Stromanthe Triostar- A Complete Guide
Member of the famous prayer plants family and relative of the Calathea genus, Stromanthe Triostar makes for beautiful house décor. The plant is not difficult to keep alive, but it’s no easy task to keep it spotless. For this reason, we do not recommend this plant for beginner gardeners. If you wish to add a Magenta Triostar plant to your collection of houseplants, remember this: your plant will expect a lot of extra attention and nurturing.
With proper care, a stromanthe can grow up to 2 to 3 feet in height and 1 to 2 feet across.
Fun fact: Triostar plants love light so much that they literally reach for the stars after the sun sets. The broad and oblong, glossy leaves of this plant fold up at night to show off their patterned undersides.
The botanical name for the commonly called triostar plant is Stromanthe Sanguinea Triostar. It is native to the rainforests of Brazil and therefore requires high humidity and warm temperatures to thrive. The plant naturally grows in zones 9-11.
Stromanthe belongs to the arrowroot or prayer plant family, the Marantaceae, also called Maranta. The plant is also marketed under the name ‘tricolor,’ when in reality, the original cultivar is ‘tristar.’ Another issue with the naming of the plant is that its species was changed to S.Thalia, but we never see it in trade.
Caring for your Triostar Plant
Strictly follow these instructions to care for your stromanthe, allowing healthy growth.
Like any other tropical plant, it needs light that mimics the light available to the species in a rainforest environment. Find a warm, well-lit spot for your stromanthe triostar to provide it with the best chance of thriving. It prefers bright light, but avoid keeping it under direct sunlight as it can burn the leaves.
Also, remember to regularly dust your plant, so it receives sufficient light. If you see your stromanthe’s leaves turning pale or yellow, it is a sign that your plants are not getting enough light. You can turn your plant once a week for pronounced variegation and even growth.
However, if you notice dry, brown spots on the leaves, it may be a sign that they’re burning and your plant is getting too much sun.
Choose well-draining, breathable, and light soil for your triostar plant. Equal parts perlite and potting mix work well for these plants.
Also, make sure it retains moisture at all times. The soil should remain consistently moist but not soggy.
To ensure proper care for your stromanthe triostar, it is important that your plant gets enough water. Making mistakes in watering patterns can negatively affect your plant’s health.
You can water it when the top 1 or 2 inches of the soil begin to feel dry. Remember to keep the soil slightly damp, but your plant should not be sitting in wet soil as that can damage the roots.
You can water your plant more frequently during the summer season, but don’t forget to cut down on watering during the winters. Do not use tap water as this plant tends to be sensitive to chemicals. You can leave tap water in an open container overnight for chemicals like fluoride and chlorine to evaporate. Distilled water is ideal to avoid any fussiness from your plant. You also need to be careful about the temperature of the water. Make sure the water isn’t too warm or overly chilled.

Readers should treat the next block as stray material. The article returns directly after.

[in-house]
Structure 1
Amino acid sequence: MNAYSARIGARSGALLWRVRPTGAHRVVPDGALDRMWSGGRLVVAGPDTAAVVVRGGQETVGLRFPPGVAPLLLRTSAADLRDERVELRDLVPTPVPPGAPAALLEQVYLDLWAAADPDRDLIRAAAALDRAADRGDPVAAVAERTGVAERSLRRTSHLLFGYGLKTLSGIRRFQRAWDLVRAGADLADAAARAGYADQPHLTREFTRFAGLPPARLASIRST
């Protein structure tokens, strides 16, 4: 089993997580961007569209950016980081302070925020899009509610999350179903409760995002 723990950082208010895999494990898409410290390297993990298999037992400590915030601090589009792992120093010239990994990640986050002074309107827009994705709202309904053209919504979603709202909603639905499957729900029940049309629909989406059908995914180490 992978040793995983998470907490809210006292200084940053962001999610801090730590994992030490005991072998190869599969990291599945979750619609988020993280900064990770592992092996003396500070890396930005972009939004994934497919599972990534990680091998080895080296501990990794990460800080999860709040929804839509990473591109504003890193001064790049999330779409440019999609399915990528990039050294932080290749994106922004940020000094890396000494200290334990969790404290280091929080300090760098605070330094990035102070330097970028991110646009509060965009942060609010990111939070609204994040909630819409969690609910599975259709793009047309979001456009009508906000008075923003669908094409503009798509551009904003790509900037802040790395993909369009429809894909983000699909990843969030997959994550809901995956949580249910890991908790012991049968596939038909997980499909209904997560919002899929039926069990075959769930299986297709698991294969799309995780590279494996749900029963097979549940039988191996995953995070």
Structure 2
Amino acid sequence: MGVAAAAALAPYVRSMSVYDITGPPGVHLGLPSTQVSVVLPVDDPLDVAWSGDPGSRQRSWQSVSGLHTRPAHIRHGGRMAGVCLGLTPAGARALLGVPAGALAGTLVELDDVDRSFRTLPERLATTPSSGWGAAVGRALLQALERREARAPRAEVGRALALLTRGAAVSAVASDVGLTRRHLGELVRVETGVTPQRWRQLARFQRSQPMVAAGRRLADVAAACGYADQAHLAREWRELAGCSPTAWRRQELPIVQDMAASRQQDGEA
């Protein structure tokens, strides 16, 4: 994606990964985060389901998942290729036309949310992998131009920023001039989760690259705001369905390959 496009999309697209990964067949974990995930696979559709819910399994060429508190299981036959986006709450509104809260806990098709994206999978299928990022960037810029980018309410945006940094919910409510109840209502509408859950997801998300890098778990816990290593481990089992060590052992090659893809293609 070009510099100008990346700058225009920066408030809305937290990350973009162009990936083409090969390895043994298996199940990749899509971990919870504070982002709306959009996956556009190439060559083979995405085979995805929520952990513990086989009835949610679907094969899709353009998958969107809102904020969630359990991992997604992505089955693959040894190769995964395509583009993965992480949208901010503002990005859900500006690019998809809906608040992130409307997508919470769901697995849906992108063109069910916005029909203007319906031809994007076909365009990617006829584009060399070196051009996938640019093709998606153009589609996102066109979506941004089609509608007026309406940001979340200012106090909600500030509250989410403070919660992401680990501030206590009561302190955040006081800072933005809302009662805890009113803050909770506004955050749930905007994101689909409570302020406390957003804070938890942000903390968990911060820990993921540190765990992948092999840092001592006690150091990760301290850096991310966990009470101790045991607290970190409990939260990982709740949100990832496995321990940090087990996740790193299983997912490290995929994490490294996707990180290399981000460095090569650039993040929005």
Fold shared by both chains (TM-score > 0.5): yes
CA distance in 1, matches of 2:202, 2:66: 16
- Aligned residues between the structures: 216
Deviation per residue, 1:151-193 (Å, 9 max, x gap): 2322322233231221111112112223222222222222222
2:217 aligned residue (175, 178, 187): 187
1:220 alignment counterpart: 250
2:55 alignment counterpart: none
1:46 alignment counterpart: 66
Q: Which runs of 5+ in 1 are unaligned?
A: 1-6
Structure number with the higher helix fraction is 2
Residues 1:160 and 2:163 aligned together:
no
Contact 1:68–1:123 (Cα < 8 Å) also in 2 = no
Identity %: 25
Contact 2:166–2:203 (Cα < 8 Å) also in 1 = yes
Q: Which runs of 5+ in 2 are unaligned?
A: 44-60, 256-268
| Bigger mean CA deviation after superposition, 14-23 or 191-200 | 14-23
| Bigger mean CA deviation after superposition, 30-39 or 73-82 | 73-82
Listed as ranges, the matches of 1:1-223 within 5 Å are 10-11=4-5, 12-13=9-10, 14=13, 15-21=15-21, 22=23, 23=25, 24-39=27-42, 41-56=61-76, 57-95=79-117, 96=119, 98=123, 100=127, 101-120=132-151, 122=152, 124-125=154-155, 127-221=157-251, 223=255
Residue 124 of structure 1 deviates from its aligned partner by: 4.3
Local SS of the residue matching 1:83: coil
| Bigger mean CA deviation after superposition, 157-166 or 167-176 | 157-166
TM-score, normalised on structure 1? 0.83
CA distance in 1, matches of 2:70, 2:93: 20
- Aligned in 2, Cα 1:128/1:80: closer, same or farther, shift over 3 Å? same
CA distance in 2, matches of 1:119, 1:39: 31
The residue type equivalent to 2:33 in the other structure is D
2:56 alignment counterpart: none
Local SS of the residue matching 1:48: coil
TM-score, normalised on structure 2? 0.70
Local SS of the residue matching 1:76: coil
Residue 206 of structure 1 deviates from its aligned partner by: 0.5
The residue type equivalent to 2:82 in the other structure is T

If your triostar plant has any watering issues, its leaves will show. Leaves turning brown are a sign that your plant needs a good bath. Remove your plant from the pot and let it sit in a dish of water for a few hours. Then, you can drain, rinse, and repot it. Yellow leaves mean that your plant is facing an issue with waterlogged soil. For this, let your plant’s soil dry for some weeks before starting to water it again.
Feed your stromanthe triostar plant once a month during spring and summer with a standard houseplant fertilizer. Avoid fertilizing in winters when the plant goes dormant. Make sure to dilute the fertilizer to half its strength. If the solution is too strong and used very frequently, it can result in root burn. You can also choose to opt for organic fertilizers as they are less potent and won’t need diluting.
Common Issues with the Stromathe Triostar
The beautiful head-turner plant is prone to a few issues of pests and diseases.
Pests and Diseases
In low humidity conditions, stromanthe may attract common plant-suckers such as aphids and spider mites. You can use a mild horticultural soap or neem oil to eliminate this problem.
Another issue that humidity causes are that if the plant gets too dry, it can develop mold and fungus. To avoid this, try misting your plant every day to keep the environment humid.
You will only need to prune your stromanthe sanguinea triostar to maintain its size and shape. You can groom your plant any time of the year. However, the ideal time would be during spring before the plant enters its growing season.
Use pruning shears to remove any damaged leaves. Make sure to do this near the main stem.
Unfortunately, you cannot propagate a triostar plant from a stem cutting. Don’t worry, though, because if you wish to, you can propagate this plant using the division method. You can do this during spring/summer.
- Separate some rhizomes from a healthy parent plant and make divisions, with each having at least 3 to 4 leaves
- Add fresh soil to a new pot
- Water the soil to add even moisture
- Plant one division in each pot
- Replant the mother plant
Triostars do well in pots like most houseplants. Choose a pot that is deep enough to accommodate the roots but not too deep. Larger depth can cause the water to sink and become stagnant. Also, ensure that your pots have drainage holes to prevent water-logging issues.
If you see the roots of your plant beginning to grow through the bottom of the plant, it is time to repot. It is the best to do this during springtime. You can repot your plant every few years to help your plant thrive.